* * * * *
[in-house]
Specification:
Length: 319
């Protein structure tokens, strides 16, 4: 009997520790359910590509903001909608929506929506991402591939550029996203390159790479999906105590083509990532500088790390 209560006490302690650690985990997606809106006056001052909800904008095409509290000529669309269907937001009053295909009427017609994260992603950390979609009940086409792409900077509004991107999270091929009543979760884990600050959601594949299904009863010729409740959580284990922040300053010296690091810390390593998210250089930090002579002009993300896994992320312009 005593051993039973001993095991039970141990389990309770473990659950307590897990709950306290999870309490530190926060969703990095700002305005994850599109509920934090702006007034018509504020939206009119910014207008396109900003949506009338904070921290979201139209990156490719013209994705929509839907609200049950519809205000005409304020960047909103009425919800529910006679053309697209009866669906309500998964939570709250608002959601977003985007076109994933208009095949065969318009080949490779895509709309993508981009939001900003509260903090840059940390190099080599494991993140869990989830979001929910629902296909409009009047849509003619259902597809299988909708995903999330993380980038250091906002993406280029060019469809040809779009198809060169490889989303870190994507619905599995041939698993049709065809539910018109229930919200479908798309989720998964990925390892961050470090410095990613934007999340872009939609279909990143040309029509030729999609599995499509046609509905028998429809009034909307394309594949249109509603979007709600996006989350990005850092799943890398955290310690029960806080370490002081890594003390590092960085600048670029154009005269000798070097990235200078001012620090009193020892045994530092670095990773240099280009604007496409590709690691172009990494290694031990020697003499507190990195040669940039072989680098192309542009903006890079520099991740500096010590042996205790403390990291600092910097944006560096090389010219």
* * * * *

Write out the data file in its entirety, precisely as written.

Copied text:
[in-house]
Specification:
Length: 319
């Protein structure tokens, strides 16, 4: 009997520790359910590509903001909608929506929506991402591939550029996203390159790479999906105590083509990532500088790390 209560006490302690650690985990997606809106006056001052909800904008095409509290000529669309269907937001009053295909009427017609994260992603950390979609009940086409792409900077509004991107999270091929009543979760884990600050959601594949299904009863010729409740959580284990922040300053010296690091810390390593998210250089930090002579002009993300896994992320312009 005593051993039973001993095991039970141990389990309770473990659950307590897990709950306290999870309490530190926060969703990095700002305005994850599109509920934090702006007034018509504020939206009119910014207008396109900003949506009338904070921290979201139209990156490719013209994705929509839907609200049950519809205000005409304020960047909103009425919800529910006679053309697209009866669906309500998964939570709250608002959601977003985007076109994933208009095949065969318009080949490779895509709309993508981009939001900003509260903090840059940390190099080599494991993140869990989830979001929910629902296909409009009047849509003619259902597809299988909708995903999330993380980038250091906002993406280029060019469809040809779009198809060169490889989303870190994507619905599995041939698993049709065809539910018109229930919200479908798309989720998964990925390892961050470090410095990613934007999340872009939609279909990143040309029509030729999609599995499509046609509905028998429809009034909307394309594949249109509603979007709600996006989350990005850092799943890398955290310690029960806080370490002081890594003390590092960085600048670029154009005269000798070097990235200078001012620090009193020892045994530092670095990773240099280009604007496409590709690691172009990494290694031990020697003499507190990195040669940039072989680098192309542009903006890079520099991740500096010590042996205790403390990291600092910097944006560096090389010219």